Australian cattle eating into wheat exports

Starved by drought | Long-term shortages could arise as producers cull cattle because of drought

SINGAPORE/SYDNEY (Reuters) — Soaring demand for Australian wheat to feed cattle is diverting grain away from export markets.

Embattled ranchers have been forced to send tens of thousands more animals than usual to feedlots to fatten them up before slaughter.

A scorching drought that is withering pastures in Queensland state, which is home to half of Australia’s 28 million strong herd, is also forcing producers to transport cows huge distances because feedlots are full to bursting with underweight cows.

Queensland has recorded less than half of the normal rainfall in the last three months, stunting grass in pastures in an area double the size of France and curbing grain production.

Australia is the world’s second-biggest wheat exporter, and extra feed consumption means Asian buyers, such as China, will have to buy more cargoes from other suppliers in North America or Europe.

Wheat prices have already shot up in Australia’s drought-hit areas, and the premium over global prices is three times the normal level.

The tightening supply could also increase pressure on benchmark U.S. prices, which have risen on concerns of crop damage in the U.S. because of icy conditions.

“If it doesn’t rain in the next few weeks, there will be a lot more cattle going to feedlots, assuming the feedlots can fit them in,” said Ross Fraser, co-owner of Frasers Livestock Transport, one of the biggest cattle transporters in Queensland.

Feedlots use wheat and other grain such as sorghum.

However, Australian sorghum production is forecast to fall more than one-third to 1.278 million tonnes this crop year, meaning extra wheat will be needed to fatten cattle.

More than half of Australia’s feed yards are in Queensland, but with little room remaining, farmers are sending cattle as far away as 1,500 kilometres to Victoria state.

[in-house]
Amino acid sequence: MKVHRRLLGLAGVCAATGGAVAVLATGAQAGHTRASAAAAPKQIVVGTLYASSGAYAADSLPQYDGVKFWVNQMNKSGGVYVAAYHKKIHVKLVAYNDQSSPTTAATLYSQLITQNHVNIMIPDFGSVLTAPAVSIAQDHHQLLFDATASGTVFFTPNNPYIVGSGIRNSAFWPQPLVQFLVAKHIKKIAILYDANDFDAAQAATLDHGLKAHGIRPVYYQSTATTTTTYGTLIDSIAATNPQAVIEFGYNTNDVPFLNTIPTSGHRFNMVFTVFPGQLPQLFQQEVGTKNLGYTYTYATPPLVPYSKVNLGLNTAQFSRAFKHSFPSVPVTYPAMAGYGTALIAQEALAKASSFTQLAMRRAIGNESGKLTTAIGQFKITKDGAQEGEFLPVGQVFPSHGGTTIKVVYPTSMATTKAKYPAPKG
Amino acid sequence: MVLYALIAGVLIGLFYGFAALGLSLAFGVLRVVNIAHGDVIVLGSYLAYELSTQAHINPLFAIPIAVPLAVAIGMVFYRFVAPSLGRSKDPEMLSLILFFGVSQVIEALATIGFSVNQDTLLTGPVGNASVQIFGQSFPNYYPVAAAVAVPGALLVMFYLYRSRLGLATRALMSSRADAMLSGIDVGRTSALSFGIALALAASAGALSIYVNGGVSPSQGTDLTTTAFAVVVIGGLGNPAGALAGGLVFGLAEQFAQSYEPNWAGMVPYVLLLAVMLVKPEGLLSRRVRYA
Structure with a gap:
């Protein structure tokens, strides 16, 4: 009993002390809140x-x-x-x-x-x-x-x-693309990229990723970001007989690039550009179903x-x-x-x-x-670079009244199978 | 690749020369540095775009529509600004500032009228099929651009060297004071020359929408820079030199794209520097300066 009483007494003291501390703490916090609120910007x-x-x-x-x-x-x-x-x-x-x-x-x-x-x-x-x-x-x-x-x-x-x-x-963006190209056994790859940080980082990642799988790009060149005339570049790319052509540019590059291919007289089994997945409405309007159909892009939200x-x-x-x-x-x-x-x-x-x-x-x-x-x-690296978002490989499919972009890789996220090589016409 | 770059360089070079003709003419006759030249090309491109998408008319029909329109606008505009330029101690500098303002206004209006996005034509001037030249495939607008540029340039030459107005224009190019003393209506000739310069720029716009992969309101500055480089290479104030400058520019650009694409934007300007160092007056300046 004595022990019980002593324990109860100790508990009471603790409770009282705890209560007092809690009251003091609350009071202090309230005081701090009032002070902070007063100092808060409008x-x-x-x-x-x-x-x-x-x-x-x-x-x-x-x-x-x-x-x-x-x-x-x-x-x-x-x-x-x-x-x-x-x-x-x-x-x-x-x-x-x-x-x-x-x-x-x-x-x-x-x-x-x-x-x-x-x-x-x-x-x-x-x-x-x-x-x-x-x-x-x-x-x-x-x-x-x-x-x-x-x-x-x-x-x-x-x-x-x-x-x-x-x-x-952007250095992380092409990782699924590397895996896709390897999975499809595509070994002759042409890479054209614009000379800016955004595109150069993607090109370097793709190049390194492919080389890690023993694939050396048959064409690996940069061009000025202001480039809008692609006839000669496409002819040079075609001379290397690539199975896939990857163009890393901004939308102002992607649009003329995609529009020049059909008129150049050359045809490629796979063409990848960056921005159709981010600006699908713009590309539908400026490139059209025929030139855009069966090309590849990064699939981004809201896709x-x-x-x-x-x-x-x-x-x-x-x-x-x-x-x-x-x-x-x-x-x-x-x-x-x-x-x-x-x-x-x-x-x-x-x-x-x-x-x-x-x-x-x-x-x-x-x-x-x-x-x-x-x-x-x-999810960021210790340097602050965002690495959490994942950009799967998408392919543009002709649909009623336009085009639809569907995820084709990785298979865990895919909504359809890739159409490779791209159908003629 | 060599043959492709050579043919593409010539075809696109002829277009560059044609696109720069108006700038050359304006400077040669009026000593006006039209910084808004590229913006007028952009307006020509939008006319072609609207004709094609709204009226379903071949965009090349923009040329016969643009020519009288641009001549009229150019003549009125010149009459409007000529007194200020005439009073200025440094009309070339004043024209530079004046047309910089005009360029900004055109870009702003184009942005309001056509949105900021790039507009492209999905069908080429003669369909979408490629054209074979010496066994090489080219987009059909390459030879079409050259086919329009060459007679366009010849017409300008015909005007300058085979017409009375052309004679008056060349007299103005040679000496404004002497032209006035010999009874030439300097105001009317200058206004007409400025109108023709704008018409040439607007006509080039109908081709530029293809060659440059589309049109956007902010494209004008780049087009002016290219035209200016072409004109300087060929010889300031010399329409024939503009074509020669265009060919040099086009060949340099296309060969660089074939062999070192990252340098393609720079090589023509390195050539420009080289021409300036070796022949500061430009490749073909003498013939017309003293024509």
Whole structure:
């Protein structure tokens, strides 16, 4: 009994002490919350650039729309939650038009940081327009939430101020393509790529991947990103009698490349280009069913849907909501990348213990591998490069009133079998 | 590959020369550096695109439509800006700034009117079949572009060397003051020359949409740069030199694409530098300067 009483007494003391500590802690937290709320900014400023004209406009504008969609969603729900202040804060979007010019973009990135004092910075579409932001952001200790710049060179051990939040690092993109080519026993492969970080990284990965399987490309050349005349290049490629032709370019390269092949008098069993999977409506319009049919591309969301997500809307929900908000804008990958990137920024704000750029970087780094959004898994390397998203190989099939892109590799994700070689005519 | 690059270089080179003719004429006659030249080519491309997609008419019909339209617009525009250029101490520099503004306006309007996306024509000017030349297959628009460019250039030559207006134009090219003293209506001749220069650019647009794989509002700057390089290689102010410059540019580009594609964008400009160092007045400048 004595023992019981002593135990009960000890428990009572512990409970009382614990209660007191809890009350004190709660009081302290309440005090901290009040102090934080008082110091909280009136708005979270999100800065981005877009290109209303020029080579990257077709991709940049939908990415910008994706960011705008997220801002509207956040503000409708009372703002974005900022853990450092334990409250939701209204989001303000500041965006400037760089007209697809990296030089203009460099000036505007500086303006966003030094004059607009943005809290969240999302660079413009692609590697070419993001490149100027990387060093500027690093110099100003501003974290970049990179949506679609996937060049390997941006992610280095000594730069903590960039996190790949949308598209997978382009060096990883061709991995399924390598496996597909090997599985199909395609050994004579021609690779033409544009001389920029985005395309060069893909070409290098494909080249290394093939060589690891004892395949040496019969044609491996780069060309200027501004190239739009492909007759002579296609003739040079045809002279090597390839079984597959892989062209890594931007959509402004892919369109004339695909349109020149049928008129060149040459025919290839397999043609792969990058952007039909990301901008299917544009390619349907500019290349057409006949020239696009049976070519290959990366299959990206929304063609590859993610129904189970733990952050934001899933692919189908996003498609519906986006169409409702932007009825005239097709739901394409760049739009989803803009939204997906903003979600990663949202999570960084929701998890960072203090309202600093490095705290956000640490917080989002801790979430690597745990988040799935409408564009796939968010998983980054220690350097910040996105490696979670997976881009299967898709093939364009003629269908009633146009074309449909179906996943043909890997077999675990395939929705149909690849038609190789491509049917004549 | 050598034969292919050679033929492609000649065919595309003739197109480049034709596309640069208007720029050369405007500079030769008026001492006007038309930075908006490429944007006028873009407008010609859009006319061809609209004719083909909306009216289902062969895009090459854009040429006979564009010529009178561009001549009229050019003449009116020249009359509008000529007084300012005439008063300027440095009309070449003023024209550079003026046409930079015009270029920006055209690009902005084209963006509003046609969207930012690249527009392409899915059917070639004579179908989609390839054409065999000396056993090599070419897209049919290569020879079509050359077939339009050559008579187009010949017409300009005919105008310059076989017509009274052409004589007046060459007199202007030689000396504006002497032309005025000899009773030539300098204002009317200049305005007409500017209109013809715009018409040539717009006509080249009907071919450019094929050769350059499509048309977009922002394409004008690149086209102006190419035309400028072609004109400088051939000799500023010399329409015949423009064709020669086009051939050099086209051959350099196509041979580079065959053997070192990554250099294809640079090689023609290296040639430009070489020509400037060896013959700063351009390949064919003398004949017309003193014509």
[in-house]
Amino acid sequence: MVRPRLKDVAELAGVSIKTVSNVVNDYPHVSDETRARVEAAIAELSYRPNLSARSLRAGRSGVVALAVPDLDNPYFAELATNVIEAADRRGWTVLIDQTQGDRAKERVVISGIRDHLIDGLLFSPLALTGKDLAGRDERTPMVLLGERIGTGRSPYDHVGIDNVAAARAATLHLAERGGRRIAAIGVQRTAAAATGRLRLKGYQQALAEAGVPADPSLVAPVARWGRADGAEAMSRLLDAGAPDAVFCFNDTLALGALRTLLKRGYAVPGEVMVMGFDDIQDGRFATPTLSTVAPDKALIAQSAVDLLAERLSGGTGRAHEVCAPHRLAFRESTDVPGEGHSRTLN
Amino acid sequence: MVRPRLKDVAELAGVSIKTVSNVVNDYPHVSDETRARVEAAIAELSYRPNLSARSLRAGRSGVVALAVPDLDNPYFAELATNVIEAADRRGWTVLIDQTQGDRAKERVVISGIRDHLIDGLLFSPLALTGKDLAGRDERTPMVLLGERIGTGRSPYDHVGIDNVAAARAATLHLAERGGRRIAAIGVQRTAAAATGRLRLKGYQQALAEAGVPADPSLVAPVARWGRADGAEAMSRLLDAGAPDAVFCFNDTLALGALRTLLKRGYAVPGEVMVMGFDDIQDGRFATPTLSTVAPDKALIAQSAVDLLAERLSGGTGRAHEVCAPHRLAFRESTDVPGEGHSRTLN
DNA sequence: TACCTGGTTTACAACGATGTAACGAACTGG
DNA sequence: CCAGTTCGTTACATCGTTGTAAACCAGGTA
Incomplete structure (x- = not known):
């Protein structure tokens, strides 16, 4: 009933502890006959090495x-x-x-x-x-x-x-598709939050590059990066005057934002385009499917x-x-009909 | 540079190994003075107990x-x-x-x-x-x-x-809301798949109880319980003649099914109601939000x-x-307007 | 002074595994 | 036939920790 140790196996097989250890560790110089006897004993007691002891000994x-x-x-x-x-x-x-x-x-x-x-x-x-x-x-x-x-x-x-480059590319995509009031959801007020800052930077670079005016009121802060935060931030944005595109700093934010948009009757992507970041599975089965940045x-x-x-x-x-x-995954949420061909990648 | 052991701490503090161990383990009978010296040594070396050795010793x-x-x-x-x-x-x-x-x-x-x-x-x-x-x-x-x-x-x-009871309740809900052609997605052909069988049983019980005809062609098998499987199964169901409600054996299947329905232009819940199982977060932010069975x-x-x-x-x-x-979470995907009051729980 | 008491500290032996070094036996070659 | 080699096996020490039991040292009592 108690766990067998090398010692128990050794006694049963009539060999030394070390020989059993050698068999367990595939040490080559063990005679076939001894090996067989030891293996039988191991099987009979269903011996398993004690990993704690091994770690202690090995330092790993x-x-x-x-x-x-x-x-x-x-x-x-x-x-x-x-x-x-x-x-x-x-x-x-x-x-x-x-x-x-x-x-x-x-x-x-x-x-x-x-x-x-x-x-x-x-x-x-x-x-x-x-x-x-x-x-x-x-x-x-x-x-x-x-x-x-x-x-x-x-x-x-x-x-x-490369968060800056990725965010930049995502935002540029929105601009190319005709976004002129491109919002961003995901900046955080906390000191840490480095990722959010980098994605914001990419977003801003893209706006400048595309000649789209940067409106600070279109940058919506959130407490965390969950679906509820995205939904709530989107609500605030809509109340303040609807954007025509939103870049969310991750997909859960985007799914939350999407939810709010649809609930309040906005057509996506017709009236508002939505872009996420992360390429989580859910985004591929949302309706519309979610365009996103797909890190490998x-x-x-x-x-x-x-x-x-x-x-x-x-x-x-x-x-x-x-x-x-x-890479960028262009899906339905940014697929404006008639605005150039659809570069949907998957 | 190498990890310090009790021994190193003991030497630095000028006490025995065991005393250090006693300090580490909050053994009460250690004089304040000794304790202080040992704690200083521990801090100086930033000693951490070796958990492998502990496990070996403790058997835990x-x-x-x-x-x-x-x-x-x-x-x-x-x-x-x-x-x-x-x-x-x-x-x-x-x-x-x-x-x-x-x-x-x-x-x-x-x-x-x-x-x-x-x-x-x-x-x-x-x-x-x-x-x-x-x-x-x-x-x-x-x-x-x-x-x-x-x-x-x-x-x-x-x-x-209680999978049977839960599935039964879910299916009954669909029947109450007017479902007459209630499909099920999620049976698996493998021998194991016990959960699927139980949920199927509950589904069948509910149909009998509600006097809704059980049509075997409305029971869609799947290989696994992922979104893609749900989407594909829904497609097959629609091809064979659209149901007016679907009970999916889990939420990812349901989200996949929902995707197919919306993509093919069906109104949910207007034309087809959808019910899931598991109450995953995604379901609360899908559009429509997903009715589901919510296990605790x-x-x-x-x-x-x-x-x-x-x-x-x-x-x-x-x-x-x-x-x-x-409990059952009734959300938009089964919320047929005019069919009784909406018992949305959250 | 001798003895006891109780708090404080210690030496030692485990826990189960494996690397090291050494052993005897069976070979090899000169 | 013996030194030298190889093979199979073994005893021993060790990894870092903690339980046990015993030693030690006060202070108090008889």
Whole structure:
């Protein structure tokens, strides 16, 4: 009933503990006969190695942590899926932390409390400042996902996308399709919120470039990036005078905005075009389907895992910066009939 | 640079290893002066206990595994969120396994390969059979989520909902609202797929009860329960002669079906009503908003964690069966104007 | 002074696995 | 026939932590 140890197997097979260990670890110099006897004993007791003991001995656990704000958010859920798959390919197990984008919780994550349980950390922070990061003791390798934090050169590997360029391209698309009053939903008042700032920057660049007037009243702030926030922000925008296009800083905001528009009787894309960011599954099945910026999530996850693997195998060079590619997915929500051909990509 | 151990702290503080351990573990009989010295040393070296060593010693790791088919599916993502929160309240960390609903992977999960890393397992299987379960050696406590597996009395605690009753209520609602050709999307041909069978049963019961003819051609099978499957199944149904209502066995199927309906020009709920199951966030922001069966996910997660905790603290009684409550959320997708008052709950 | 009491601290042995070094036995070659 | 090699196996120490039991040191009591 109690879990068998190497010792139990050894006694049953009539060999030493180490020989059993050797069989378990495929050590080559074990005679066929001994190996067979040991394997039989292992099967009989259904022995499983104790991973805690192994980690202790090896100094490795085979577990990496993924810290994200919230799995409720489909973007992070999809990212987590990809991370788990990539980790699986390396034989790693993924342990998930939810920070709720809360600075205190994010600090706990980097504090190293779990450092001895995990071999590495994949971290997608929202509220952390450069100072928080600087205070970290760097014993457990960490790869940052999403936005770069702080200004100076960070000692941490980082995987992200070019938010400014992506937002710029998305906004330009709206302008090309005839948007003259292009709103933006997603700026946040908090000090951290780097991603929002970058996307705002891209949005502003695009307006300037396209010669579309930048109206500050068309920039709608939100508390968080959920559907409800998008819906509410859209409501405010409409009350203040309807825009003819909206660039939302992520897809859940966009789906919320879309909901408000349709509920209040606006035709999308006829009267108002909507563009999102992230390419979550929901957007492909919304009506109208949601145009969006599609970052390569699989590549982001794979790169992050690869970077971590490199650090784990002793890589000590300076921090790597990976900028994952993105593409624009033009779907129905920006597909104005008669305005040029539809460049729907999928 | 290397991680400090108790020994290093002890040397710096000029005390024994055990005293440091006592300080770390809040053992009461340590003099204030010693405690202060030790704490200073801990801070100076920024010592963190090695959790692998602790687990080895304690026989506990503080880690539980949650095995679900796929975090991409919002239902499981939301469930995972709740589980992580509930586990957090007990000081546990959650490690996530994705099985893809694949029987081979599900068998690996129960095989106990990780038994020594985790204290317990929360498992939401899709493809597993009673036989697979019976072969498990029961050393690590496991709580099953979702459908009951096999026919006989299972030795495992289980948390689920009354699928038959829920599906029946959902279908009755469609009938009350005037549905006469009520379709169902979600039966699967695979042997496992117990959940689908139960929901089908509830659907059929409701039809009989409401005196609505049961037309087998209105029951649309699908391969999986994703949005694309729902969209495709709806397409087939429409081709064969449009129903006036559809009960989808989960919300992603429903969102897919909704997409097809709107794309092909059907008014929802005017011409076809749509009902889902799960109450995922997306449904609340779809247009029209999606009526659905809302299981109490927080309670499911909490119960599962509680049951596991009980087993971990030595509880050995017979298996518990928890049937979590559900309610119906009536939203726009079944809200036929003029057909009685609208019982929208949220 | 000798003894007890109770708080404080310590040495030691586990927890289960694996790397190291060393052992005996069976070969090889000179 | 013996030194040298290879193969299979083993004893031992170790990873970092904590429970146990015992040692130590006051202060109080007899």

Animals in Australia’s remote cattle country have to be driven across land in herds or transported using road trains, which can be more than 50 metres long and carry up to 130 head of cattle in multiple trailers.

Typically, cows go to feedlots for 90 to 100 days to certify them as grain-fed before culling, but animals are now being sent earlier and kept there longer because of the drought.

“The priority of late is to send cows to feed yards because there simply is no grass left on many properties to feed them,” said Simon Quilty, meat and cattle analyst at FCStone Australia.

About 2.5 million tonnes of wheat are used in an average year for feed in Australia’s 450 feedlots, which have a capacity to hold 1.1 million cows. Most of the herd relies on pasture.

There were 787,487 cows in feedlots at the end of September, according to the latest data from the Australian Lot Feeders Association, but feedlots in Queensland were nearly 90 percent full even before drought worsened at the end of last year.

Traders said grain is being diverted from exports to feed cattle.

“We are already seeing exports go down from Queensland and New South Wales,” said a Sydney-based grains trader. “This is directly resulting from lower production and higher consumption by the livestock industry due to the drought.”

The trader estimated that exports from these two states would fall to 1.5 million tonnes this year from the normal 2.5 million tonnes.

Australia’s overall wheat production is expected to top 27 million tonnes in 2013-14, the third highest on record, but this is mainly because of a big crop in Western Australia, while Queensland and northern New South Wales suffer from drought.


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